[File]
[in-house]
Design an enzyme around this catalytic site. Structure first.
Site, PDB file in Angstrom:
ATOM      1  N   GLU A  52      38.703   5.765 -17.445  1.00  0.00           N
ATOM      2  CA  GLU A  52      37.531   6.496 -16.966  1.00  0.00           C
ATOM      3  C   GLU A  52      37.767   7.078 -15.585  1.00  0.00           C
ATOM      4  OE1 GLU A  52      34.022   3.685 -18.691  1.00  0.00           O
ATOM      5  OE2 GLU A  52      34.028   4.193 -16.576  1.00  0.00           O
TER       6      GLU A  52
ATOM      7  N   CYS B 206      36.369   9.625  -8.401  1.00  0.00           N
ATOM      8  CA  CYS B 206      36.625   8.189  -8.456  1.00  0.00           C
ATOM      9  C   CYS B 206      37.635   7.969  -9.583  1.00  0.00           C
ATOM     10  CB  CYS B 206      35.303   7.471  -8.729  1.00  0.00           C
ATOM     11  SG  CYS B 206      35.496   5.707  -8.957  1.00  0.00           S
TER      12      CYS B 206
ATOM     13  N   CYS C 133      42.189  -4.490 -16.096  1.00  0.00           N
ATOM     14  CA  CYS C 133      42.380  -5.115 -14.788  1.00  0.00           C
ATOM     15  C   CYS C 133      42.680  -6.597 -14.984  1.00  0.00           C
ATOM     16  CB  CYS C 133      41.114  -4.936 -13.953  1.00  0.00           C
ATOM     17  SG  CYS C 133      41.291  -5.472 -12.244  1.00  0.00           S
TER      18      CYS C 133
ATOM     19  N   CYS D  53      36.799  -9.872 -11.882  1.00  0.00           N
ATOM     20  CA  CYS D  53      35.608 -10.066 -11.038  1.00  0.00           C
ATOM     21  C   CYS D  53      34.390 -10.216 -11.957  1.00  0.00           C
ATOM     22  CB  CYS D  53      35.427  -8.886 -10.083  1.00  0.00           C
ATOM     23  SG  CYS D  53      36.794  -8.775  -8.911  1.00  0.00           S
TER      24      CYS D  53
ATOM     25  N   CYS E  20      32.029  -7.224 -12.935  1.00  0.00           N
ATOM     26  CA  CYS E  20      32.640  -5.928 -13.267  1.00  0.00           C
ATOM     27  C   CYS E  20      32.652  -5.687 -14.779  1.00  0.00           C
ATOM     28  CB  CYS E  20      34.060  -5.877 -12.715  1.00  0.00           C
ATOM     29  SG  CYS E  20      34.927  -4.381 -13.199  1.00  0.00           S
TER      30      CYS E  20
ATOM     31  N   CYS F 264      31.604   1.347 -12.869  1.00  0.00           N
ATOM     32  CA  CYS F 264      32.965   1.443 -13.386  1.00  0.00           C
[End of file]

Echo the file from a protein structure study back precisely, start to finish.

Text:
[in-house]
Design an enzyme around this catalytic site. Structure first.
Site, PDB file in Angstrom:
ATOM      1  N   GLU A  52      38.703   5.765 -17.445  1.00  0.00           N
ATOM      2  CA  GLU A  52      37.531   6.496 -16.966  1.00  0.00           C
ATOM      3  C   GLU A  52      37.767   7.078 -15.585  1.00  0.00           C
ATOM      4  OE1 GLU A  52      34.022   3.685 -18.691  1.00  0.00           O
ATOM      5  OE2 GLU A  52      34.028   4.193 -16.576  1.00  0.00           O
TER       6      GLU A  52
ATOM      7  N   CYS B 206      36.369   9.625  -8.401  1.00  0.00           N
ATOM      8  CA  CYS B 206      36.625   8.189  -8.456  1.00  0.00           C
ATOM      9  C   CYS B 206      37.635   7.969  -9.583  1.00  0.00           C
ATOM     10  CB  CYS B 206      35.303   7.471  -8.729  1.00  0.00           C
ATOM     11  SG  CYS B 206      35.496   5.707  -8.957  1.00  0.00           S
TER      12      CYS B 206
ATOM     13  N   CYS C 133      42.189  -4.490 -16.096  1.00  0.00           N
ATOM     14  CA  CYS C 133      42.380  -5.115 -14.788  1.00  0.00           C
ATOM     15  C   CYS C 133      42.680  -6.597 -14.984  1.00  0.00           C
ATOM     16  CB  CYS C 133      41.114  -4.936 -13.953  1.00  0.00           C
ATOM     17  SG  CYS C 133      41.291  -5.472 -12.244  1.00  0.00           S
TER      18      CYS C 133
ATOM     19  N   CYS D  53      36.799  -9.872 -11.882  1.00  0.00           N
ATOM     20  CA  CYS D  53      35.608 -10.066 -11.038  1.00  0.00           C
ATOM     21  C   CYS D  53      34.390 -10.216 -11.957  1.00  0.00           C
ATOM     22  CB  CYS D  53      35.427  -8.886 -10.083  1.00  0.00           C
ATOM     23  SG  CYS D  53      36.794  -8.775  -8.911  1.00  0.00           S
TER      24      CYS D  53
ATOM     25  N   CYS E  20      32.029  -7.224 -12.935  1.00  0.00           N
ATOM     26  CA  CYS E  20      32.640  -5.928 -13.267  1.00  0.00           C
ATOM     27  C   CYS E  20      32.652  -5.687 -14.779  1.00  0.00           C
ATOM     28  CB  CYS E  20      34.060  -5.877 -12.715  1.00  0.00           C
ATOM     29  SG  CYS E  20      34.927  -4.381 -13.199  1.00  0.00           S
TER      30      CYS E  20
ATOM     31  N   CYS F 264      31.604   1.347 -12.869  1.00  0.00           N
ATOM     32  CA  CYS F 264      32.965   1.443 -13.386  1.00  0.00           C